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The Fedora Lounge Guide to Stiffly Starched Shirts, Grandma's Way

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Head Bartender
Staff member
Small Town Ohio, USA
Here is one of many threads at The Fedora Lounge bringing you step-by-step instructions to complete a task we may all find interesting. I encourage you to share knowledge of some task at which you may feel competent.

We're going to starch and iron shirts in the Golden Era way. We want to achieve a level of stiffness unobtainable with spray starch. We need to use a solution of starch and water, submerge the shirts, wring them out, then press them after they have dried to an alarming level of crispness.
You can also use this method for lighter starching. The difference is to use cold, rather than boiling water in the mix, and 2 quarts of it rather than one.
The advantage to starching this way is that the shirt is evenly starched all over. Spray starch gets starch just where you spray it. And spraying, on darker colors, can leave stains where the starch is applied (you see this as dried dots where the fabric is a slightly different color). Sprayed starch can also flake off while pressing.
The disadvantages to doing it this way are that it is time consuming, and is quite hard on your shirts. Even with the gentlest treatment, you have to tug, shake and wrench the daylights out of them. If you want your shirts to last a very long time, don't do this.
I don't do this very often. It's just too much work.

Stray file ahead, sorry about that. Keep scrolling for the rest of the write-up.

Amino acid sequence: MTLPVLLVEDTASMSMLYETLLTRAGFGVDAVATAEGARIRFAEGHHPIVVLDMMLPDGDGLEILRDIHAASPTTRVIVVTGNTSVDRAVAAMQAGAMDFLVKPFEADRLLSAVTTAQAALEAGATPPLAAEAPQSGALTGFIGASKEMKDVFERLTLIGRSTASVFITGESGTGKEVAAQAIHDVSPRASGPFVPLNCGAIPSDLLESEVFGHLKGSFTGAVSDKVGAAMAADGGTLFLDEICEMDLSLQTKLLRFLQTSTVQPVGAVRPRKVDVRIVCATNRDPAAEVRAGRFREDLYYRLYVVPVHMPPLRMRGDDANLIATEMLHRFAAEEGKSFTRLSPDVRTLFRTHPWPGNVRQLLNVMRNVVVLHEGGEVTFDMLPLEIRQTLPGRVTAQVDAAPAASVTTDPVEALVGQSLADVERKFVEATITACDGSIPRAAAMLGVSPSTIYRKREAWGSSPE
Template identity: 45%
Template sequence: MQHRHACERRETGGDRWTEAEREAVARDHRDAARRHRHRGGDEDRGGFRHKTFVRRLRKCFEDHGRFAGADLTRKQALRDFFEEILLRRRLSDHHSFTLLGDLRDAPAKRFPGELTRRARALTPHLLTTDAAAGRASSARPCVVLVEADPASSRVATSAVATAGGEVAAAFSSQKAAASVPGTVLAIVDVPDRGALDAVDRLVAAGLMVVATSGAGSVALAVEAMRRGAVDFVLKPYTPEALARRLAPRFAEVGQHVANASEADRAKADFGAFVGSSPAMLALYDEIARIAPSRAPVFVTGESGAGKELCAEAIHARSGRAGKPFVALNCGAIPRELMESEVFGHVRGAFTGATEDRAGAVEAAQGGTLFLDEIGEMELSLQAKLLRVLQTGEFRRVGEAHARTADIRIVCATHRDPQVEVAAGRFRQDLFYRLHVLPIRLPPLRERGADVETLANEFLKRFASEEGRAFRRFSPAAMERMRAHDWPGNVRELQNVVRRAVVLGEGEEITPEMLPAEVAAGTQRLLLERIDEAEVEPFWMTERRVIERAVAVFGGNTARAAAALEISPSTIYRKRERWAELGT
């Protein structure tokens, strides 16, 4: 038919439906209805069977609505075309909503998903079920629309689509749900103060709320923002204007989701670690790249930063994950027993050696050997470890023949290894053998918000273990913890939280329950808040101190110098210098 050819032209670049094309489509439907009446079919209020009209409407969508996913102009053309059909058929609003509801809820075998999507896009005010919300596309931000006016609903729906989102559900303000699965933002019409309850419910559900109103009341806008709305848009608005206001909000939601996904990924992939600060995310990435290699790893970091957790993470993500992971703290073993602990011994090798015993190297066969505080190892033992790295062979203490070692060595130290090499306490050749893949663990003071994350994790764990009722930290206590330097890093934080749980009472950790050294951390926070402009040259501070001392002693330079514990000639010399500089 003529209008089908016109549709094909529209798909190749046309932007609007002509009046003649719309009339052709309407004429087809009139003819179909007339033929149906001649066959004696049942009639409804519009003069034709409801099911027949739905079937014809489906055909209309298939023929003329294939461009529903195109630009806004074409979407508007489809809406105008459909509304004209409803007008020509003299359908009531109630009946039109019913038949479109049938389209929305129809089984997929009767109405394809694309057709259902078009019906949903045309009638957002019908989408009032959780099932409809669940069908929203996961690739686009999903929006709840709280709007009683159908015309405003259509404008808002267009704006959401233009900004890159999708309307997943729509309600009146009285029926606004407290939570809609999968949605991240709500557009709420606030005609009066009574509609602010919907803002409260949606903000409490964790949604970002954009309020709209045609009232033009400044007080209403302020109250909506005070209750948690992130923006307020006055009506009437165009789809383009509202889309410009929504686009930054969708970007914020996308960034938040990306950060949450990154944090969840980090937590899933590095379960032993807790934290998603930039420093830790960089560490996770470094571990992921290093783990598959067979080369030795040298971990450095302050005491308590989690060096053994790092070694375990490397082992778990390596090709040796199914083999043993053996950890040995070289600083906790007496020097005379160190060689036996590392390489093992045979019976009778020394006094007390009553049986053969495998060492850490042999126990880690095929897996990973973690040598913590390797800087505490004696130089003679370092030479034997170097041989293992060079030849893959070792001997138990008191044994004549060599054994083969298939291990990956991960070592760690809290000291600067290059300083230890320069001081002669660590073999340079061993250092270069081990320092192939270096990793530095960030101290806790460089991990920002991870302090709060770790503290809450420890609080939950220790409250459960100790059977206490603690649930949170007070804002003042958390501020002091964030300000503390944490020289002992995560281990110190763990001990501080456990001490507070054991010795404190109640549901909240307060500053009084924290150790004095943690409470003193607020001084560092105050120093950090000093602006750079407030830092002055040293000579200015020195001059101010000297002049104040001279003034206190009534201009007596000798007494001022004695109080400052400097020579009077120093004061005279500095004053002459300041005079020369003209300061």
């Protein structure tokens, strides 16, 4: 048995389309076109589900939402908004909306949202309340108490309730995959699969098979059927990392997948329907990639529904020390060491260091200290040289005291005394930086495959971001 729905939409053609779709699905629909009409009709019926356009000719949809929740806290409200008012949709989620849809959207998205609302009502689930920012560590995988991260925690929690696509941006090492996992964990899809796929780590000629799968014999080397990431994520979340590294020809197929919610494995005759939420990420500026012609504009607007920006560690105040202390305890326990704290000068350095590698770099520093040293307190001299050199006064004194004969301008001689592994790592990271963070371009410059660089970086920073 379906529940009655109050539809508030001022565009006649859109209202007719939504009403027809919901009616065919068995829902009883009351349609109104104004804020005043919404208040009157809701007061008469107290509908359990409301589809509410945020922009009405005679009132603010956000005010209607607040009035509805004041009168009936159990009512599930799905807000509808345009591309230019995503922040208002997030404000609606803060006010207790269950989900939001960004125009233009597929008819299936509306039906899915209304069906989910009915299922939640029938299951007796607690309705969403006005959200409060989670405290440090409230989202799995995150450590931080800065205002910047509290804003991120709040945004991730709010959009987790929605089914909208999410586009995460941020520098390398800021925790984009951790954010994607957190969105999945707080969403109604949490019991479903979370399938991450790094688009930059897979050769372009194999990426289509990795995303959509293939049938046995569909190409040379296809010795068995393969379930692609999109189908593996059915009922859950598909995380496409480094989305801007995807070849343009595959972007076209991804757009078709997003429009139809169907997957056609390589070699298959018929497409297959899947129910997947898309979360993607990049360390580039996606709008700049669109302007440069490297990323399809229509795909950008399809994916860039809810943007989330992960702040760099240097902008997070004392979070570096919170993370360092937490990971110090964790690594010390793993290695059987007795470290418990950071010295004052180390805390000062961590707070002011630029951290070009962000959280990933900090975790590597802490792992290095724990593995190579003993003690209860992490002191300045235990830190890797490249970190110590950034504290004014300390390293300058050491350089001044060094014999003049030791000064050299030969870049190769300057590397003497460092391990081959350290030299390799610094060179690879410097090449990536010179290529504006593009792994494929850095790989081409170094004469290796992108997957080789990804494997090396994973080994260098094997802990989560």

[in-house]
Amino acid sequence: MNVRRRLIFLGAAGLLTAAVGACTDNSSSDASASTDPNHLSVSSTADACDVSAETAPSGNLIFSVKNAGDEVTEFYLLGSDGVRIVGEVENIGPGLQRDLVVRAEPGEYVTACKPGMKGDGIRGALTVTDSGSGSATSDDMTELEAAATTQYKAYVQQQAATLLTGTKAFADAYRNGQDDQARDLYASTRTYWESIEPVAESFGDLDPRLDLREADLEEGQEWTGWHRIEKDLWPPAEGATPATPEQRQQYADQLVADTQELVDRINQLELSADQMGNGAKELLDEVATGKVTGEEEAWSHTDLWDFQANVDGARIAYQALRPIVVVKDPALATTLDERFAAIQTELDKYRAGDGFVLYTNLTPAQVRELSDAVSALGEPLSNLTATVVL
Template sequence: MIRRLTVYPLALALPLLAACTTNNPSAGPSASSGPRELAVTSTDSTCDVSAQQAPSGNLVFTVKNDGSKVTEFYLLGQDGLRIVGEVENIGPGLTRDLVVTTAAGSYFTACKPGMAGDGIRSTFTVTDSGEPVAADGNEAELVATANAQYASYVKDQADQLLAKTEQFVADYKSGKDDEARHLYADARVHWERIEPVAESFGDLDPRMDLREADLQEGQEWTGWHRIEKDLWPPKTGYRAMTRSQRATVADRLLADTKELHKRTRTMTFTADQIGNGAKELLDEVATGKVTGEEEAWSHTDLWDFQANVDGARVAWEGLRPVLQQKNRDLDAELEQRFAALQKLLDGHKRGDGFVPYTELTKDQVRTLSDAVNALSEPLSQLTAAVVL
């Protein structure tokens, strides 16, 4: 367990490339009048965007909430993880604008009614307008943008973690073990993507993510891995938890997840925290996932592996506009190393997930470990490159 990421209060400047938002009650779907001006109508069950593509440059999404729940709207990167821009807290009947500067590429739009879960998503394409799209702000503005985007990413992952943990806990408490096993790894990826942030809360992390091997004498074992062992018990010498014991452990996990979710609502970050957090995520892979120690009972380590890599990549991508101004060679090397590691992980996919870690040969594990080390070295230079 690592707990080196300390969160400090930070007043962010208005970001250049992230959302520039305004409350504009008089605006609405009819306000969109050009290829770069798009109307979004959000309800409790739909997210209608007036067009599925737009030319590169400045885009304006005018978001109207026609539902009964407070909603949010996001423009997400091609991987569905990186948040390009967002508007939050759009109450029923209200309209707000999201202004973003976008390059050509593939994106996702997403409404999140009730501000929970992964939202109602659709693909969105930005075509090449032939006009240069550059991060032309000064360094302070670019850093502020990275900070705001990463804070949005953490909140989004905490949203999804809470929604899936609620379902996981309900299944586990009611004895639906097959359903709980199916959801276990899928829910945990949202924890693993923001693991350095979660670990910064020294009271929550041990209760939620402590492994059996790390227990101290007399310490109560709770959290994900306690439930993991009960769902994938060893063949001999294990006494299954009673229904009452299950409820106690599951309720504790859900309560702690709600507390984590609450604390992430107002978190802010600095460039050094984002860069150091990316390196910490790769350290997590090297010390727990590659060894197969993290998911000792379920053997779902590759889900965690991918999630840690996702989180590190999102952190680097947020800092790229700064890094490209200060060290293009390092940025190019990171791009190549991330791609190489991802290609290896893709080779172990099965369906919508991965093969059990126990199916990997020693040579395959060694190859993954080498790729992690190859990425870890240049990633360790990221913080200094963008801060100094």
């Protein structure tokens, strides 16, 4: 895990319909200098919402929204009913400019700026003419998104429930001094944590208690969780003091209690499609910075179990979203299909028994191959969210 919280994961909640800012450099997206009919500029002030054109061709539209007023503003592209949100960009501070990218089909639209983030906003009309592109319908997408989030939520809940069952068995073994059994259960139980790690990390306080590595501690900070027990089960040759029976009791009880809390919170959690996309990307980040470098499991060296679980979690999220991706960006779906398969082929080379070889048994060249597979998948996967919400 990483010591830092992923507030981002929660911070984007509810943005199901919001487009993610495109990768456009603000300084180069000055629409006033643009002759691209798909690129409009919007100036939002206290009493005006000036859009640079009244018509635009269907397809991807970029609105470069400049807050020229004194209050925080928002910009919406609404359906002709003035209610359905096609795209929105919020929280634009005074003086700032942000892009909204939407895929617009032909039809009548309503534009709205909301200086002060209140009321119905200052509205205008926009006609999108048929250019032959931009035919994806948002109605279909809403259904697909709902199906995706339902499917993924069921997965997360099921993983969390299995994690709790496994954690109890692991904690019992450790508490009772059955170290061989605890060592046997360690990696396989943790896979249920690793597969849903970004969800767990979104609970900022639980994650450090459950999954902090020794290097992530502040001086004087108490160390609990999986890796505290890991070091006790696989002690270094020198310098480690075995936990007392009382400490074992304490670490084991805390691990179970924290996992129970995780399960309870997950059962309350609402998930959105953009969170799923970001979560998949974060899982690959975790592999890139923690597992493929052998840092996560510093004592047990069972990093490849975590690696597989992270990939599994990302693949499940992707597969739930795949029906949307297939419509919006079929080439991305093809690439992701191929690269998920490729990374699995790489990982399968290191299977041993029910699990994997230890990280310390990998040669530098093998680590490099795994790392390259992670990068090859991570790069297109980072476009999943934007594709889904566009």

I am not a pro - I can only share my own experiences. Many of you are professionals and all of us no doubt have our own way of ironing clothing. Please share what works for you. Military folks will find my methods lacking - but I don't have to pass a tough inspection.
Disclaimer: We will be working with hot water, hot steam, hot surfaces. I take no responsibility if you burn yourself or scorch and ruin a valuable garment. As always, your mileage may vary.

Let's get started.
As with any project, begin by washing your hands. You don't want to get oils from your hands on just-washed shirts.
We need to find some dry starch; it's the same stuff you use for cooking, in larger boxes. Mine is Argo brand, about $3 for a 1 lb box. We need starch powder, water, a vessel for mixing, in this case a kitchen sink, and something to agitate the solution. You can use a scrupulously clean plastic bucket, if you like, or a big enamel wash basin. I would avoid aluminum as it tends to discolor things.


Mix 1/2 Cup starch and 1 Cup cold water.


You need something large enough to soak the shirts in solution. I used my kitchen sink, scrubbed completely clean first. Pour in the solution you just made.